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The Social Climber

Molière, adapted by Paddy Gormley from Le Bourgeois Gentilhomme
Logos Theatre Company
Upstairs at the Gatehouse
(2011)

The Social Climber publicity graphic

This seems to be a fairly free adaptation of Molière's Bourgeois Gentilhomme which changes the order of scenes and renders the prose text into what sounds like short-lined rhyming verse that sometimes gives it a panto-like quality that is not entirely inappropriate. Its language is modern, with M. Jourdain, the titular bourgeois, comparing his wife's face to 'a bus crash' and other contemporary references but this production keeps it in its original period.

It is played before scenic artist John Dalton's painted cloth of an elegant formal garden behind a balustrade though we are in a room furnished with screens, carpets and a brocade chaise longue and elegantly dressed in period with full wigs but the flutter wristed flourishes of these characters' courtesies place it in Dandini-land rather than offering the savage satire that underlies the text in its presentation of both hard-up aristocrat and pushy parvenu. It seems set to offer fun not social comment.

The play is not short of humour but there is an awkwardness about this production that blunts it, largely, I think, because it has not managed to find an homogenous style. Remembering its origins as a comédie-ballet, it opens with a danced entry that introduces all the characters. The "mugging" going on as each performer tries to suggest their character is a foretaste of what we are going to get as the play proceeds.

At the heart of it all Peter Saracen, as M. Jourdain, his jaw dropped in almost permanent surprise, flops around like a raddled Boy George. He makes little of the rhyming of his role and emphasises his doltishness by a delivery which suggest he the words just come out without really thinking what he is saying.. There is an odd touch that I thought was going to build into a running gag, of pulling up his breeches, but it doesn't outlast the early scenes, nor does a similar trick from Nadia Ostacchini's servant Nicole who at first persistently throws down a basket of washing and guffaws.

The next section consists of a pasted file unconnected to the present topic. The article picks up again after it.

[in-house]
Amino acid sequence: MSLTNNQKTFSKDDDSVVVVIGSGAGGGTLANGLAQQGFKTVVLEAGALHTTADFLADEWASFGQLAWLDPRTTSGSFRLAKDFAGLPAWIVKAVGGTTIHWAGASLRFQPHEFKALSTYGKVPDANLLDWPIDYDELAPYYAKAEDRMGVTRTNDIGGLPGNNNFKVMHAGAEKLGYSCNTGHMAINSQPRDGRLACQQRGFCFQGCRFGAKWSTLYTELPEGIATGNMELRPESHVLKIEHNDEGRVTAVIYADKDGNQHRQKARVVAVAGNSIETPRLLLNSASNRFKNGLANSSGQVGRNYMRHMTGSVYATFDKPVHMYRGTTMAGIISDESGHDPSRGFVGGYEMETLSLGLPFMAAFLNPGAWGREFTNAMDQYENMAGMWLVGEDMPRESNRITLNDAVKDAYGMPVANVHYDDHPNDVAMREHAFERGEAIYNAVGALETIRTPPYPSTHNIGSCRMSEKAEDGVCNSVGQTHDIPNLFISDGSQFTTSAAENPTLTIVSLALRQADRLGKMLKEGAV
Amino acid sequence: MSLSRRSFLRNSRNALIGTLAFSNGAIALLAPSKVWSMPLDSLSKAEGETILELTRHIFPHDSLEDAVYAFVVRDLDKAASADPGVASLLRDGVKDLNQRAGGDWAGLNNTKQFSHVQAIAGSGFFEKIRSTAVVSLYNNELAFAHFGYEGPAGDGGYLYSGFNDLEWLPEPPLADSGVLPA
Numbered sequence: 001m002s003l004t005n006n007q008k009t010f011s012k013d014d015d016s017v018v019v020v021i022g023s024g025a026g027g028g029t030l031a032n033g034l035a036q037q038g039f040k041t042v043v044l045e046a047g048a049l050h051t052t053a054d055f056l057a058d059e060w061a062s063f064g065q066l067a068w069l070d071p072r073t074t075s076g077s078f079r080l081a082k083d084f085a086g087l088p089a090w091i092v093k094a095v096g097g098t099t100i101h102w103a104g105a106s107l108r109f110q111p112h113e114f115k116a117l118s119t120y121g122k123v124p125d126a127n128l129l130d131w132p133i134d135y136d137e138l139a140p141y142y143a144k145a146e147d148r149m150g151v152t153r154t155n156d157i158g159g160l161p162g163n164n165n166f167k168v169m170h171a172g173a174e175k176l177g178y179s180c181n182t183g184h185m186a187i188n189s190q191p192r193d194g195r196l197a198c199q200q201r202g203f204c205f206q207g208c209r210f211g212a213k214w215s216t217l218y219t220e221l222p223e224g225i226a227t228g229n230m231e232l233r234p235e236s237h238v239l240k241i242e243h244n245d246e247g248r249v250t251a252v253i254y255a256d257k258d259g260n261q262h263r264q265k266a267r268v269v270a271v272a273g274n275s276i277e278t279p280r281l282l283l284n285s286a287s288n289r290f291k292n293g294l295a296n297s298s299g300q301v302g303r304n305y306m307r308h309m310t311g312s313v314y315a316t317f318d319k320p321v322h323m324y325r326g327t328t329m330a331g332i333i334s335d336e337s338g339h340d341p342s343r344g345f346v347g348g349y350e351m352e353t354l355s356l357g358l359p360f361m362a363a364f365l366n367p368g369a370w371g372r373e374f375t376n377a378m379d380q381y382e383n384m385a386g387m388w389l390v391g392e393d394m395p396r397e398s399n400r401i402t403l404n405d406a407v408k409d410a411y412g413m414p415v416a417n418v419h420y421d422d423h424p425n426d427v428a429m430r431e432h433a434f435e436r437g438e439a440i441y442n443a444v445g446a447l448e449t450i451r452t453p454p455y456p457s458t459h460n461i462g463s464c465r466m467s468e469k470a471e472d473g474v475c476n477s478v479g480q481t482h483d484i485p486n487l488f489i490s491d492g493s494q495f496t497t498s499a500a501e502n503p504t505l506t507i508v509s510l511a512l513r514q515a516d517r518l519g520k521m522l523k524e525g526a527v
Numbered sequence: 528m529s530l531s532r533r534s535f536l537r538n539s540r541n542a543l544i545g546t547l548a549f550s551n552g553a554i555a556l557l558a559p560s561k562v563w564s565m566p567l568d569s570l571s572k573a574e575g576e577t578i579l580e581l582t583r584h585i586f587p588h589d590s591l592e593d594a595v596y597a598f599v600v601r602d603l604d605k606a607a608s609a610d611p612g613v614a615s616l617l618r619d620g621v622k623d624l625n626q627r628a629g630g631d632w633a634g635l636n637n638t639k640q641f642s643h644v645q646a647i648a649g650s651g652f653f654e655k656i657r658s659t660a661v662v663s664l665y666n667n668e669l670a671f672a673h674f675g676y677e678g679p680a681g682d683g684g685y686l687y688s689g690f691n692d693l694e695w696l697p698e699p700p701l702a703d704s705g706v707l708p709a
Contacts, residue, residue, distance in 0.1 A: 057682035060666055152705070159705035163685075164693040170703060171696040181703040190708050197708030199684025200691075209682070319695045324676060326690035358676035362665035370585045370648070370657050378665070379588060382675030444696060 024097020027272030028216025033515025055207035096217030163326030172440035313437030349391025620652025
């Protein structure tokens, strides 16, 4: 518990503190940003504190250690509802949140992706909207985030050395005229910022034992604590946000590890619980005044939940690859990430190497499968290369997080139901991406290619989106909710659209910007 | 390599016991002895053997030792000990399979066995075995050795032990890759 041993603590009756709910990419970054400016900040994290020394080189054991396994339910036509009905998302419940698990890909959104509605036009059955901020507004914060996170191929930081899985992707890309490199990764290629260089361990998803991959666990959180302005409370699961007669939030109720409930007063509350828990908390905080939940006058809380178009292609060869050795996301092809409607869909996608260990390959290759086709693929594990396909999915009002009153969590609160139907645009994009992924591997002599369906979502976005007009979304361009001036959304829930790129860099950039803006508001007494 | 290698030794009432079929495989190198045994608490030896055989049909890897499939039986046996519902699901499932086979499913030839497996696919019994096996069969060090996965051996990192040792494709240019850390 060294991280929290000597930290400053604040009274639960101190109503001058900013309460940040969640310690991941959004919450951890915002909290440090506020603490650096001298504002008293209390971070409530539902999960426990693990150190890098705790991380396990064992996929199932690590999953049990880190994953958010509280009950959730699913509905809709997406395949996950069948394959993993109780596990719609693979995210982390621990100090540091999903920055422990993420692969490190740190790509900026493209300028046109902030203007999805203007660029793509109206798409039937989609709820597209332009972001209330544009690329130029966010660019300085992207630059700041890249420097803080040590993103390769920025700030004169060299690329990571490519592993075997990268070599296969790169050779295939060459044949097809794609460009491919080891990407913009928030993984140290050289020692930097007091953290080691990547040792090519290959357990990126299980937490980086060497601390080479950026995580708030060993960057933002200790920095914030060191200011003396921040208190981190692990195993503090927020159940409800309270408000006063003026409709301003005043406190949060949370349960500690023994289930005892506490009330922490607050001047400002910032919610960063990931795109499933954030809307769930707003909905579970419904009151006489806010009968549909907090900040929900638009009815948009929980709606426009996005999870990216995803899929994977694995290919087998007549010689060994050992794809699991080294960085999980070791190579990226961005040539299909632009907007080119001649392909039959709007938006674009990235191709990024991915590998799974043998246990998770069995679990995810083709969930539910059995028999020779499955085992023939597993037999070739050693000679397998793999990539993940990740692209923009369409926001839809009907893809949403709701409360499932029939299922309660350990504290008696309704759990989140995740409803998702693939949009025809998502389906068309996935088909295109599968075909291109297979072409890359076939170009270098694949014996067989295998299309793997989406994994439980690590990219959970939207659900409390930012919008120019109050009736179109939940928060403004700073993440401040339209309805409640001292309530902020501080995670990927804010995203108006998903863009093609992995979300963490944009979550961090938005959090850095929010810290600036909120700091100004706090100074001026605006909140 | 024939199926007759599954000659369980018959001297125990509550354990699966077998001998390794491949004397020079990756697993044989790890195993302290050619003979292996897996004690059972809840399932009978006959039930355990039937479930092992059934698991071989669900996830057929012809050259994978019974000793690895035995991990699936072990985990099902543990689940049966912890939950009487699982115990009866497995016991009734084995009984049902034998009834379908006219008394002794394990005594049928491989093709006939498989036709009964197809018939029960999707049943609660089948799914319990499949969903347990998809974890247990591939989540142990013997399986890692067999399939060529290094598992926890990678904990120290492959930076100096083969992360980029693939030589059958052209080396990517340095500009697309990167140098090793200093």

Jourdain's wife (Maggie Turner) switches between strongly expressed feeling to grimacings. Perhaps the intention of this rough acting is to label them as typical commedia dell' arte roles but, except for Roger Samson's plummy Baron Hard-Up-like Count (with a powdered face and painted eyebrows like those of Jourdain), the others tend to play more naturalistically, though Rosemary Francis as the Music Master is made to wave her arms as though conducting an orchestra, though not seriously conducting even when there is music. The Music teacher is matched by a much more natural Dancing Master (Lindsey Readman, also en travestie) perpetually adopting balletic turns and poses, though in this case she makes them part of his character. When Readman doubles as Dorimène, whom the Count hopes to marry, she plays her completely naturalistically, as does Gabrielle Douglas the Jourdains' daughter Lucile, Phil Gerrard her lover Cléonte (and his double as a Fencing Master) and Rhys Lawton Cleonte's valet.

To add to the stylistic mixture here is another intriguing oddity in the performance of the Philosophy Teacher, whom Jackie Skarvellis plays as a Chinese female, knitting needles in her hairdo and as ready to launch into kung fu as intellectual exploration; she also has another cameo as a female tailor in the opening scene, something which in this period setting does not ring true. The contribution of the ballet dancers of the Rona Hart School of Dance is yet another element which seems intended to be what can be got away with before the unsophisticated Jourdain, rather than suggest the court entertainment that Molière and Lully originally concocted.

Paddy Gormley's restructuring was apparently intended to bring the plot forward and make the opening acts more interesting. Since it was not really until after the interval that this production began to really hold my attention I fear the ploy was unsuccessful, at least in this presentation. It was one of those cases where the actors may have been enjoying themselves more than I was but there were many in the audience who were enthusiastic and clearly having a good time.

"The Social Climber" continues at Upstairs at the Gatehouse until 29th October 2011

Reviewer: Howard Loxton